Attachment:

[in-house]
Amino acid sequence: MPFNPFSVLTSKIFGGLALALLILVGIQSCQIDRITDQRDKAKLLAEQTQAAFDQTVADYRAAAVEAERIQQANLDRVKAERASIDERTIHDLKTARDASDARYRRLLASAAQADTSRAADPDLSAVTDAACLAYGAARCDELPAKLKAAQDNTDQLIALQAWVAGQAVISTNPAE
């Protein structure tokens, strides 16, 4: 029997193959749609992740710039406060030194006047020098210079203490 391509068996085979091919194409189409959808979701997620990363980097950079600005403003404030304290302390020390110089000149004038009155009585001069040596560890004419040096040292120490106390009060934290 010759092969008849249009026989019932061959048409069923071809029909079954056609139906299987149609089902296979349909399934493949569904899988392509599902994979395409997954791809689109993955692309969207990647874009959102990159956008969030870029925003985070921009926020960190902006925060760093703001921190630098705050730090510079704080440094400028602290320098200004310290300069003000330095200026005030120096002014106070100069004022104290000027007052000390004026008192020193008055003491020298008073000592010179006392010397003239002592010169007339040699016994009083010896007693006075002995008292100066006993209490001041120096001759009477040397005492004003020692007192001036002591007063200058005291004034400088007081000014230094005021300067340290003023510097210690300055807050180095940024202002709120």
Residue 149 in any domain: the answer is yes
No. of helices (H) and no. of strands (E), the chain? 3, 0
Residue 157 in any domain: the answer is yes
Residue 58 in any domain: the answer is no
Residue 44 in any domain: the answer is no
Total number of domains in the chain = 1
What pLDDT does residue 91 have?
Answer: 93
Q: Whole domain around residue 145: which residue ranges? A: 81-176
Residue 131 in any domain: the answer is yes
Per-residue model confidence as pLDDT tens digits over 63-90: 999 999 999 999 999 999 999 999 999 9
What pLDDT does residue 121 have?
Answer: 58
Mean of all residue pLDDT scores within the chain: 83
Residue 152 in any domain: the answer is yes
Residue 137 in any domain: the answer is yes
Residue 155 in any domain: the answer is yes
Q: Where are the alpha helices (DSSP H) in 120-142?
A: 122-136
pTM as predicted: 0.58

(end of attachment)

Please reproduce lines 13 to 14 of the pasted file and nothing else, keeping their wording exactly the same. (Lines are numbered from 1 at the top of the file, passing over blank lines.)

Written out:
Residue 131 in any domain: the answer is yes
Per-residue model confidence as pLDDT tens digits over 63-90: 999 999 999 999 999 999 999 999 999 9